Nursing professor Kafuli Agbemenu receives CTSI funding for family planning intervention for African refugees

Kafuli's headshot.

Published January 26, 2021


Kafuli Agbemenu, PhD, MPH, RN, CTN-A, School of Nursing assistant professor, has received researching funding from UB’s Clinical and Translational Science Institute.

The $40,375 award is for her one-year project titled “Development of a Smartphone-Based Family Planning Intervention for African Refugee Women with Low Literacy Levels."

“As a nurse scientist, my research focuses on giving a voice to the reproductive health status of women in vulnerable populations, such as in the Appalachians and African immigrants and refugees,” Agbemenu says. “Specifically, I examine reproductive health education, contraceptive use decision making, HIV stigma reduction and access to reproductive health care services.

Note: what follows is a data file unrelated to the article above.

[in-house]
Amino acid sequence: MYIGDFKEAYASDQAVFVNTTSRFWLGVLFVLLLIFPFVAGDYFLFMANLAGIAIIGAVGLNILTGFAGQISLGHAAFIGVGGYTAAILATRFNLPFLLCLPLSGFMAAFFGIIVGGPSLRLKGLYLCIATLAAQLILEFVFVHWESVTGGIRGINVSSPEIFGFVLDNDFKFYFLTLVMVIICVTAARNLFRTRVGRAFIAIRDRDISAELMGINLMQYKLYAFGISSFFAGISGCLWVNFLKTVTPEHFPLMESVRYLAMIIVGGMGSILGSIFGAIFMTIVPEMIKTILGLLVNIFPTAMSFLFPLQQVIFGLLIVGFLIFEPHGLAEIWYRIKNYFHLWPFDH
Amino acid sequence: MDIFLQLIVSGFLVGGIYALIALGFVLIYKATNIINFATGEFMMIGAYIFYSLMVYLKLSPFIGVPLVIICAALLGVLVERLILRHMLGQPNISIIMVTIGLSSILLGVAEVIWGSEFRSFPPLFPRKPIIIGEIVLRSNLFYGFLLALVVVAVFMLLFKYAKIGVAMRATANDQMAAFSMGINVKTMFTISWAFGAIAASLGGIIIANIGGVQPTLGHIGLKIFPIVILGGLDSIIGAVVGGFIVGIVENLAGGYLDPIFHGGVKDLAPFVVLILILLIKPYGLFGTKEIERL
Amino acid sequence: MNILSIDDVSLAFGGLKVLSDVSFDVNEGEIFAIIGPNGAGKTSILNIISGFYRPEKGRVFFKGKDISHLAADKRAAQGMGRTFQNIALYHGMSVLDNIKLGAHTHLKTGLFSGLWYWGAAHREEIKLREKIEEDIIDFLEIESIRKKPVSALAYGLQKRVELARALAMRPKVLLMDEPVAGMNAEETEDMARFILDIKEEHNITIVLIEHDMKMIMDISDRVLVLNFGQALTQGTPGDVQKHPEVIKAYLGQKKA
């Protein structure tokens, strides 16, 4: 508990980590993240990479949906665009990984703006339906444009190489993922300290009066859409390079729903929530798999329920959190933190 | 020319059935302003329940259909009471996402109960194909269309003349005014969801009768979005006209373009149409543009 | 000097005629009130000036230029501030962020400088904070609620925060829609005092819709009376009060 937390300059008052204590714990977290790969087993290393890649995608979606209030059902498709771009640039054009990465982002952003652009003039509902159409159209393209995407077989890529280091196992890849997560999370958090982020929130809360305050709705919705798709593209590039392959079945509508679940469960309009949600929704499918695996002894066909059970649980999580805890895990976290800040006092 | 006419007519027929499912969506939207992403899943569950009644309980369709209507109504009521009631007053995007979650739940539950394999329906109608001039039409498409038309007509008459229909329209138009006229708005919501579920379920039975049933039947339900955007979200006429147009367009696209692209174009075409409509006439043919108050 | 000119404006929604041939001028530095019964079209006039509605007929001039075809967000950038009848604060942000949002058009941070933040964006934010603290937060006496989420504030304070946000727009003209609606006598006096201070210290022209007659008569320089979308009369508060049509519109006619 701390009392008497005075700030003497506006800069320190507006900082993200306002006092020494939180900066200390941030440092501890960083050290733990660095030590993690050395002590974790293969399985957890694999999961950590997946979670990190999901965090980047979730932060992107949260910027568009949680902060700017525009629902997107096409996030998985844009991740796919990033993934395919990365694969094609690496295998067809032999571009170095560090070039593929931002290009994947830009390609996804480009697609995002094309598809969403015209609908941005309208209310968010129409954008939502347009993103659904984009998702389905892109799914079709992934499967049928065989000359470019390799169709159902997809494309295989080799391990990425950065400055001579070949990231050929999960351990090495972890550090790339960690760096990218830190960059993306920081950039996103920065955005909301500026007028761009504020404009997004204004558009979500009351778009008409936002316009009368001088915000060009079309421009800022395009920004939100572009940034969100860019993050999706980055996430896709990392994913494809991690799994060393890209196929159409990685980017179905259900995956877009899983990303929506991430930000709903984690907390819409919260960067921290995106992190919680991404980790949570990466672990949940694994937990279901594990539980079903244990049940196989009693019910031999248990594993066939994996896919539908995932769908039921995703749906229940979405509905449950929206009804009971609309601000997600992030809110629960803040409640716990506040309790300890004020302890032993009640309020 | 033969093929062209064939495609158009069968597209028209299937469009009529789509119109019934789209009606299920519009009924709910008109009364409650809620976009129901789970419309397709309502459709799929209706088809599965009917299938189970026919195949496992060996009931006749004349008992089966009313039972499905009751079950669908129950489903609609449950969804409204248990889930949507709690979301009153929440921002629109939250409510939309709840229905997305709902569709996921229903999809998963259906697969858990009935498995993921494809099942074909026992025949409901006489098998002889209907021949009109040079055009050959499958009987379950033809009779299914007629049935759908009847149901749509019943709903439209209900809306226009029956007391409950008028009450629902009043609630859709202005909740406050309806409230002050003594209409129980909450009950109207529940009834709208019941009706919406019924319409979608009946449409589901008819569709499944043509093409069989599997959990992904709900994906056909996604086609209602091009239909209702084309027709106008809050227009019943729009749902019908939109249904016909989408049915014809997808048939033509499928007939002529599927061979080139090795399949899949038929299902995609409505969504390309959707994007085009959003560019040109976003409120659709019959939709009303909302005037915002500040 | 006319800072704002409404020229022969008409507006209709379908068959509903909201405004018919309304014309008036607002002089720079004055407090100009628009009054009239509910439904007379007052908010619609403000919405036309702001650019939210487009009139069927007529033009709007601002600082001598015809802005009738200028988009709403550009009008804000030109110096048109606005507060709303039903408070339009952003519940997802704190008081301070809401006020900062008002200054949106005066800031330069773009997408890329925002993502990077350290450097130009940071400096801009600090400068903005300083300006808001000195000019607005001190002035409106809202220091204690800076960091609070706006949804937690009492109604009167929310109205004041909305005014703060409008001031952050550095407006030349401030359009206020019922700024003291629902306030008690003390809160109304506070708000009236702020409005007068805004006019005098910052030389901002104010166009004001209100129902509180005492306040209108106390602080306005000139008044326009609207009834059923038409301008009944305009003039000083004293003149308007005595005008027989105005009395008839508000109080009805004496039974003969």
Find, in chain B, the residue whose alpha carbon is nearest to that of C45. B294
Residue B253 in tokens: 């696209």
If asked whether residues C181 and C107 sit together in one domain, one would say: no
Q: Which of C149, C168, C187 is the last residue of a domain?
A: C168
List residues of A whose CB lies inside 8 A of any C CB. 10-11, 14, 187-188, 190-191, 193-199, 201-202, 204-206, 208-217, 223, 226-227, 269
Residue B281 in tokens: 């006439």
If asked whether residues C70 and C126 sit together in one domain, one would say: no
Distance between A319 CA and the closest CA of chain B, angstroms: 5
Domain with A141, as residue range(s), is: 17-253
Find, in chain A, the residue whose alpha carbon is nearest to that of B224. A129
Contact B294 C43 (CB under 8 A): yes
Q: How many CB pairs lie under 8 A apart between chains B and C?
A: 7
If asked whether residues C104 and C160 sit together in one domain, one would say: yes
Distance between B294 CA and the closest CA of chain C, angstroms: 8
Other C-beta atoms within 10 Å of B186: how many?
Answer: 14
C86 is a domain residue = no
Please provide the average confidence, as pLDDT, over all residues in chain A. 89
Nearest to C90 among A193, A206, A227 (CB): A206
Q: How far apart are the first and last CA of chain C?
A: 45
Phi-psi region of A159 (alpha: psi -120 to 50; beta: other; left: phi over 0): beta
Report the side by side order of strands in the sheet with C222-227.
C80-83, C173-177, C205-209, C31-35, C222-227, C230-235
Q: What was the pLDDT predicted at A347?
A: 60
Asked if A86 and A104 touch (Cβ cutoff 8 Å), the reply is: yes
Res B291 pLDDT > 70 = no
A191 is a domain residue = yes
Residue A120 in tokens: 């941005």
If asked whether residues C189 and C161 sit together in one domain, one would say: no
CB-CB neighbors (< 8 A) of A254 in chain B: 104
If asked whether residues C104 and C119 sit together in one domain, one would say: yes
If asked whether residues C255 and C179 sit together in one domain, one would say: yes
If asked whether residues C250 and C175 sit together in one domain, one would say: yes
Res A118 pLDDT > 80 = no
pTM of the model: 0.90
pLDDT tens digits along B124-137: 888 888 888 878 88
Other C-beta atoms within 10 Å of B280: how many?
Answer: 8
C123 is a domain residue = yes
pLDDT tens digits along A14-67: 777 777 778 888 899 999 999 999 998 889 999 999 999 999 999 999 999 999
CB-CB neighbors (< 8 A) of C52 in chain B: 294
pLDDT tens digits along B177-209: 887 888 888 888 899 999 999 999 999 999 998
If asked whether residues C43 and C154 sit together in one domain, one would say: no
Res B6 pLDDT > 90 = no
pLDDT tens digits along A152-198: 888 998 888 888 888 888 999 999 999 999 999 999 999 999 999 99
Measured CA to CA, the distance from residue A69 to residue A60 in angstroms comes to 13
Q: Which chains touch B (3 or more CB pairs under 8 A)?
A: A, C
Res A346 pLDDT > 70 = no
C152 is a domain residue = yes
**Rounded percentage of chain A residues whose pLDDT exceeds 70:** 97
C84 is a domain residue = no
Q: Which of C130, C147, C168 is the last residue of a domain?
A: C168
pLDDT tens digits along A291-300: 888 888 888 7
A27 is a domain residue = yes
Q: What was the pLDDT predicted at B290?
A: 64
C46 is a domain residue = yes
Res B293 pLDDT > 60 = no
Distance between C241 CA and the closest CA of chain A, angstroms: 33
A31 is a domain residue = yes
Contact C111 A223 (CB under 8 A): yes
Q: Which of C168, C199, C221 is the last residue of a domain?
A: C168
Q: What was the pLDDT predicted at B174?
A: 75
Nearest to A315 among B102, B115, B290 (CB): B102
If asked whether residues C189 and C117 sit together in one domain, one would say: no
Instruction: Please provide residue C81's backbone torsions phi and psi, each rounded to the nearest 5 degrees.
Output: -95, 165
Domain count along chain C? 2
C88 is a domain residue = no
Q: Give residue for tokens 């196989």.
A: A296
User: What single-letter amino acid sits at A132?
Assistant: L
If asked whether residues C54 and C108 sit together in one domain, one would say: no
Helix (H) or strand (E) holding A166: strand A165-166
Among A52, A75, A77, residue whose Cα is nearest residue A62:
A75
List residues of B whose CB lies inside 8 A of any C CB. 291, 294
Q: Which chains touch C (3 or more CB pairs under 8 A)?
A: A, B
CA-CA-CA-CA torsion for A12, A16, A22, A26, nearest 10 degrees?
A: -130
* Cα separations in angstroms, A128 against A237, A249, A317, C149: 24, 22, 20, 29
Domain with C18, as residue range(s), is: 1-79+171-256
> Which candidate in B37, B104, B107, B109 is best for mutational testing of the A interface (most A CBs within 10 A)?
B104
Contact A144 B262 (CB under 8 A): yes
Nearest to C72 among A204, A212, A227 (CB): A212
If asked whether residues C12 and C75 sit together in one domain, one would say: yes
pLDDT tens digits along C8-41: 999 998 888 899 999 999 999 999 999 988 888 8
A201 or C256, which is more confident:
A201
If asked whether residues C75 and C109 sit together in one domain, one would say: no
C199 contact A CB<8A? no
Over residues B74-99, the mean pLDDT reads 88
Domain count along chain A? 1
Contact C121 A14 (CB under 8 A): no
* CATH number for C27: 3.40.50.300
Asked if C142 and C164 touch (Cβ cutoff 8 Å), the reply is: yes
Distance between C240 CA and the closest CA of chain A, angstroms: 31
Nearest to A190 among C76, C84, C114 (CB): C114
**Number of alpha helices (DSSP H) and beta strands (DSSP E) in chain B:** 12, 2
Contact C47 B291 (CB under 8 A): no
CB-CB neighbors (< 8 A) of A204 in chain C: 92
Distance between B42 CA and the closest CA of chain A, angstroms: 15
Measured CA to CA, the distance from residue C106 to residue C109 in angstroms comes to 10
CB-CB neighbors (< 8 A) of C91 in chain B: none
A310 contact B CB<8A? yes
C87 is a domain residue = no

“In the past five years, we have conducted three community-based studies on the reproductive health of African refugee women in Buffalo,” she adds, “and we’ve identified a need for a culturally congruent family planning intervention. Unfortunately, we have found no interventions that meet these criteria, especially for women with low literacy levels, such as those found in our population.”

As such, this study aims to address an important gap in the health care environment by modifying an existing family planning intervention to be culturally congruent for African refugee women in Buffalo. The team will also conduct feasibility and usability testing of the developed educational intervention, which will be delivered by smartphone. 

“The CTSI funding will allow Dr. Agbemenu to conduct vital research that is helping to address health inequalities for a population that is often going overlooked in today’s society,” Yu-Ping Chang, PhD, RN, FGSA, FAAN, FIAAN, associate dean for research and scholarship, says. “Her work will further our understanding regarding the impact of a smartphone-based culturally congruent family planning educational intervention for African refugee women.”

The research team includes Sonya Borrero, University of Pittsburgh Center For Women’s Health Research and Innovation; Gretchen Ely, UB School of Social Work; Helen (Hua) Wang, UB College of Arts and Sciences Department of Communication; Sondra Dawes, Jericho Road Community Health Center; and Francine Rwanika, Jericho Road Community Health Center.